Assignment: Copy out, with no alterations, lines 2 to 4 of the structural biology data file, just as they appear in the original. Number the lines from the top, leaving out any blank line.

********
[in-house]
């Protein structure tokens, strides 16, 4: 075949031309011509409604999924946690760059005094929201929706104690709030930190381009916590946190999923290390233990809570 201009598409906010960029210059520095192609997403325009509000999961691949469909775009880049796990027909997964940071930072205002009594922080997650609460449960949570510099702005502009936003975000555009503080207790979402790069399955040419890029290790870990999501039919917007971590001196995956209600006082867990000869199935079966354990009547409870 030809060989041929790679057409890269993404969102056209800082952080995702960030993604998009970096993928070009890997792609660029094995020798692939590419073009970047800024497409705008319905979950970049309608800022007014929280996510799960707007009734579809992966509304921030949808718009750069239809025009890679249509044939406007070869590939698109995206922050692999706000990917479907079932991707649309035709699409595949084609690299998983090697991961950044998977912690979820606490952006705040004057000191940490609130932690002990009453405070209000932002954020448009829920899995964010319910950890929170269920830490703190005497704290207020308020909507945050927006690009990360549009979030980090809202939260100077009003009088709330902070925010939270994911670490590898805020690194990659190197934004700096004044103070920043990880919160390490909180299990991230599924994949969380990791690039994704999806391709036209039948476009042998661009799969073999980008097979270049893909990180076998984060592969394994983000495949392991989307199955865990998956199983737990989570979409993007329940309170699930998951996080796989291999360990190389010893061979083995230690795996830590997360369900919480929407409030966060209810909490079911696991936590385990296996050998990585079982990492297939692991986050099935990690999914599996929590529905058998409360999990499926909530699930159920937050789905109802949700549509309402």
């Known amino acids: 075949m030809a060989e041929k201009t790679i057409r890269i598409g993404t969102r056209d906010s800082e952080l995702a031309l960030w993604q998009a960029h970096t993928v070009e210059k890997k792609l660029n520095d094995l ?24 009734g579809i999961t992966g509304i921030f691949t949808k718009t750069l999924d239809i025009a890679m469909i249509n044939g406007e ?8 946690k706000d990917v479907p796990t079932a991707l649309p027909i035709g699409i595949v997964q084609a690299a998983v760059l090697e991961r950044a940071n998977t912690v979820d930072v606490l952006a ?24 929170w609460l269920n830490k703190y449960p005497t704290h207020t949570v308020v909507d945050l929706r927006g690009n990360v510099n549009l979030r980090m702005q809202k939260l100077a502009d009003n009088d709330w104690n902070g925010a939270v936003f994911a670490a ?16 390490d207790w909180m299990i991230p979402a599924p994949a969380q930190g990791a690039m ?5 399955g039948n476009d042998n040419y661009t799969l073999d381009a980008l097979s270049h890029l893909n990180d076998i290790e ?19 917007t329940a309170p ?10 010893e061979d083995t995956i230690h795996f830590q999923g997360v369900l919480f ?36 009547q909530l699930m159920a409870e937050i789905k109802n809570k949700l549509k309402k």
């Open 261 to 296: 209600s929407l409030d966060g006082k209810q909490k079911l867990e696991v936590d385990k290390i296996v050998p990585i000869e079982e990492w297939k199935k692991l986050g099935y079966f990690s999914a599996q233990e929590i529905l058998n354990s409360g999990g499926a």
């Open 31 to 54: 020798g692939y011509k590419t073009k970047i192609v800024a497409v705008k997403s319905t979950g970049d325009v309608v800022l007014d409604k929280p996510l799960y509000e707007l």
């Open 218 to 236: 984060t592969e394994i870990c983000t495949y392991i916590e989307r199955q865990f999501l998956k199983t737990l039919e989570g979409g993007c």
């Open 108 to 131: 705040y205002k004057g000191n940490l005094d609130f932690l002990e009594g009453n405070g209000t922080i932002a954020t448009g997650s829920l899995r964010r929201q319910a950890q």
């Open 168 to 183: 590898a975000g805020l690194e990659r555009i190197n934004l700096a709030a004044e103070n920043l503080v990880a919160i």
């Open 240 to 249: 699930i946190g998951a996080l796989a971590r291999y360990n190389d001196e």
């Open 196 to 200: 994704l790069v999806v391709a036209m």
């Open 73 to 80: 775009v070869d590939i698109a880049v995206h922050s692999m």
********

């Protein structure tokens, strides 16, 4: 075949031309011509409604999924946690760059005094929201929706104690709030930190381009916590946190999923290390233990809570 201009598409906010960029210059520095192609997403325009509000999961691949469909775009880049796990027909997964940071930072205002009594922080997650609460449960949570510099702005502009936003975000555009503080207790979402790069399955040419890029290790870990999501039919917007971590001196995956209600006082867990000869199935079966354990009547409870 030809060989041929790679057409890269993404969102056209800082952080995702960030993604998009970096993928070009890997792609660029094995020798692939590419073009970047800024497409705008319905979950970049309608800022007014929280996510799960707007009734579809992966509304921030949808718009750069239809025009890679249509044939406007070869590939698109995206922050692999706000990917479907079932991707649309035709699409595949084609690299998983090697991961950044998977912690979820606490952006705040004057000191940490609130932690002990009453405070209000932002954020448009829920899995964010319910950890929170269920830490703190005497704290207020308020909507945050927006690009990360549009979030980090809202939260100077009003009088709330902070925010939270994911670490590898805020690194990659190197934004700096004044103070920043990880919160390490909180299990991230599924994949969380990791690039994704999806391709036209039948476009042998661009799969073999980008097979270049893909990180076998984060592969394994983000495949392991989307199955865990998956199983737990989570979409993007329940309170699930998951996080796989291999360990190389010893061979083995230690795996830590997360369900919480929407409030966060209810909490079911696991936590385990296996050998990585079982990492297939692991986050099935990690999914599996929590529905058998409360999990499926909530699930159920937050789905109802949700549509309402």
């Known amino acids: 075949m030809a060989e041929k201009t790679i057409r890269i598409g993404t969102r056209d906010s800082e952080l995702a031309l960030w993604q998009a960029h970096t993928v070009e210059k890997k792609l660029n520095d094995l ?24 009734g579809i999961t992966g509304i921030f691949t949808k718009t750069l999924d239809i025009a890679m469909i249509n044939g406007e ?8 946690k706000d990917v479907p796990t079932a991707l649309p027909i035709g699409i595949v997964q084609a690299a998983v760059l090697e991961r950044a940071n998977t912690v979820d930072v606490l952006a ?24 929170w609460l269920n830490k703190y449960p005497t704290h207020t949570v308020v909507d945050l929706r927006g690009n990360v510099n549009l979030r980090m702005q809202k939260l100077a502009d009003n009088d709330w104690n902070g925010a939270v936003f994911a670490a ?16 390490d207790w909180m299990i991230p979402a599924p994949a969380q930190g990791a690039m ?5 399955g039948n476009d042998n040419y661009t799969l073999d381009a980008l097979s270049h890029l893909n990180d076998i290790e ?19 917007t329940a309170p ?10 010893e061979d083995t995956i230690h795996f830590q999923g997360v369900l919480f ?36 009547q909530l699930m159920a409870e937050i789905k109802n809570k949700l549509k309402k």
């Open 261 to 296: 209600s929407l409030d966060g006082k209810q909490k079911l867990e696991v936590d385990k290390i296996v050998p990585i000869e079982e990492w297939k199935k692991l986050g099935y079966f990690s999914a599996q233990e929590i529905l058998n354990s409360g999990g499926a």